Imperialista—production Imperial Continental?
C H O P S — I've always loved the Chrysler Imperials of the fifties and sixties, both the flamboyant Virgil Exner designed fifties flagships and the slightly more tailored Elwood Engel sixties versions. This is a 1964 Imperial coupe, Engel's facelift based on the same chassis Imperial had used since 1957. Engel had been hired away from Ford in the early sixties to replace Exner, and this is his first 'real' Imperial. Fresh off the classic '61 Lincoln, Engel really brought as much of a Lincoln Continental feel to the Imperial that he could, with cleaner bodysides, a squared off Continental trunk 'bulge' and a tasteful use of chrome highlights. Far from a fresh-sheet-of-paper design, needing to use the same wraparound windshield and 'hard point' from the formerly finned wonders, I think this series of Imperial is as striking as Exner's. There were awkward parts of the design, an overly tall roof and greenhouse, and the equal-length hood and taillights don't work for me, but overall they were quite tasteful and luxurious looking.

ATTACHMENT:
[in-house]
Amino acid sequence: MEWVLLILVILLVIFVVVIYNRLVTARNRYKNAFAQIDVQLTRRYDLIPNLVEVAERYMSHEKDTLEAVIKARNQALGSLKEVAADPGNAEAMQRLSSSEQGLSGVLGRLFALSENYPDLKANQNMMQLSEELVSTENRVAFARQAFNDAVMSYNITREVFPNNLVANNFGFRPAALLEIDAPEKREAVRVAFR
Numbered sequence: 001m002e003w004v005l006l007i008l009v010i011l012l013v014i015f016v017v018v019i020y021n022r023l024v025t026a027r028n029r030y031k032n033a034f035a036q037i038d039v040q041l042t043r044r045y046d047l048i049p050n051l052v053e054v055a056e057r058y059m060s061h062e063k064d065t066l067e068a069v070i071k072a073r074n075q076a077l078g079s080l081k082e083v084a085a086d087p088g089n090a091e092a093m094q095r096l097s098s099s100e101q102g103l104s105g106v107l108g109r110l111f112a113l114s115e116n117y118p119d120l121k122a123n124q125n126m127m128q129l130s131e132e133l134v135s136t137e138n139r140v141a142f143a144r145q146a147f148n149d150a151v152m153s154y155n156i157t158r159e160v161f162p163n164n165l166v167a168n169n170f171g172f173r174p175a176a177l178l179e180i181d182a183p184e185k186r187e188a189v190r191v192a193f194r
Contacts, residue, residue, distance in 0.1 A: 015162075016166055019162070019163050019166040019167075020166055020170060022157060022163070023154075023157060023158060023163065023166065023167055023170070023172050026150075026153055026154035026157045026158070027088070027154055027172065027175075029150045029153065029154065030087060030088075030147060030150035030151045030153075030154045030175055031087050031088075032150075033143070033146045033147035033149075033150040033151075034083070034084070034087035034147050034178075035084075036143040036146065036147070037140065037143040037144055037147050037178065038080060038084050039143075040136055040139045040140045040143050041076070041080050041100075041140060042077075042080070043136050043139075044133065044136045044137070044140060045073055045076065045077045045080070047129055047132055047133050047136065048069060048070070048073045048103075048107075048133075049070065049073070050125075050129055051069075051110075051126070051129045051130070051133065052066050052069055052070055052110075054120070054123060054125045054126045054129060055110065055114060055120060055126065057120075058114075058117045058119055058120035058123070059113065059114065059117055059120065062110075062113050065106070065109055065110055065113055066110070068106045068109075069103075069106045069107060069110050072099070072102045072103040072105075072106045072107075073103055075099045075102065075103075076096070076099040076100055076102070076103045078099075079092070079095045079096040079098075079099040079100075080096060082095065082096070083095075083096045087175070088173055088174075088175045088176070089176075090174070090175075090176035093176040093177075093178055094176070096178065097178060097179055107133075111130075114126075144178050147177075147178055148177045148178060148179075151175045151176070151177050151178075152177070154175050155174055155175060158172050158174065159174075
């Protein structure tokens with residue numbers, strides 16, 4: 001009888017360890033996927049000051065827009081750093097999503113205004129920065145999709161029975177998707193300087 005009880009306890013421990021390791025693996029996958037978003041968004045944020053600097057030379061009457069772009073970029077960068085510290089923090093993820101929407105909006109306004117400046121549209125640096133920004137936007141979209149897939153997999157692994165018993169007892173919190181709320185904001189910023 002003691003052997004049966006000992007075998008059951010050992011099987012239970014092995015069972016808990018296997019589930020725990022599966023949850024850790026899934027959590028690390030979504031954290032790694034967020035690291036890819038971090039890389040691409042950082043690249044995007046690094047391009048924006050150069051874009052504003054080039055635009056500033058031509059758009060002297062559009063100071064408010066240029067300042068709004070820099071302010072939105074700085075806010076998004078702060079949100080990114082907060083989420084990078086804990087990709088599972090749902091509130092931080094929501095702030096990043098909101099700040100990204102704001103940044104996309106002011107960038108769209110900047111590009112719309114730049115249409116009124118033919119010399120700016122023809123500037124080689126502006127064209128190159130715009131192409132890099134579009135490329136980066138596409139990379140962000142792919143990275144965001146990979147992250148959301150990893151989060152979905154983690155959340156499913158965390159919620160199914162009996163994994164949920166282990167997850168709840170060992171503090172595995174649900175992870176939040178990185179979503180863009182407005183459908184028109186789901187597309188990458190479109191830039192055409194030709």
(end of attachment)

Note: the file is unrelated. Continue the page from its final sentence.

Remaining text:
For the first chop above, I moved the cabin backwards on the body, to create a longer hood and shorter deck. I shortened the front overhang a bit as well, lowered the roof a bit and created Continental-type C pillars. This would be the 'volume' production version of an Imperial Coupe. The bespoke Crown Coupe is below. Much more drama to be had there!
A not-very-common 2 door limousine, the Crown Coupe.
This Crown Coupe takes the Imperial back in time in a way, creating an ultra luxurious Limousine Coupe, a bodystyle last seen (and very rarely at that) in the Thirties. The C pillars are huge, providing privacy for the two very special rear seat passengers. I've fared the bumpers into the body in a much more custom way, deleting much of their chrome and replacing it with mere outlines, also enhancing the 'propeller' motif and squared off Continental bulge of the Exner rear bumper. The rear bumper side 'bombs' are lengthened to balance out the C pillar, and I've slammed the roof down as much as possible to enhance the 'sinister' feeling. The LeBaron's already-small rear windshield was widened a bit but narrowed in height, better in keeping with the overall roof shape. Small 24KT gold "Crown Coupe" nameplates add the de rigeur snob appeal, tastefully, well as tasteful as gold nameplates can be. I've parked the Crown Coupe in front of a Frank Lloyd Wright home I found online, which is exactly the clientele Chrysler would have been striving for.
N O T E — I'll be done with the book project by tonight. Back to work now!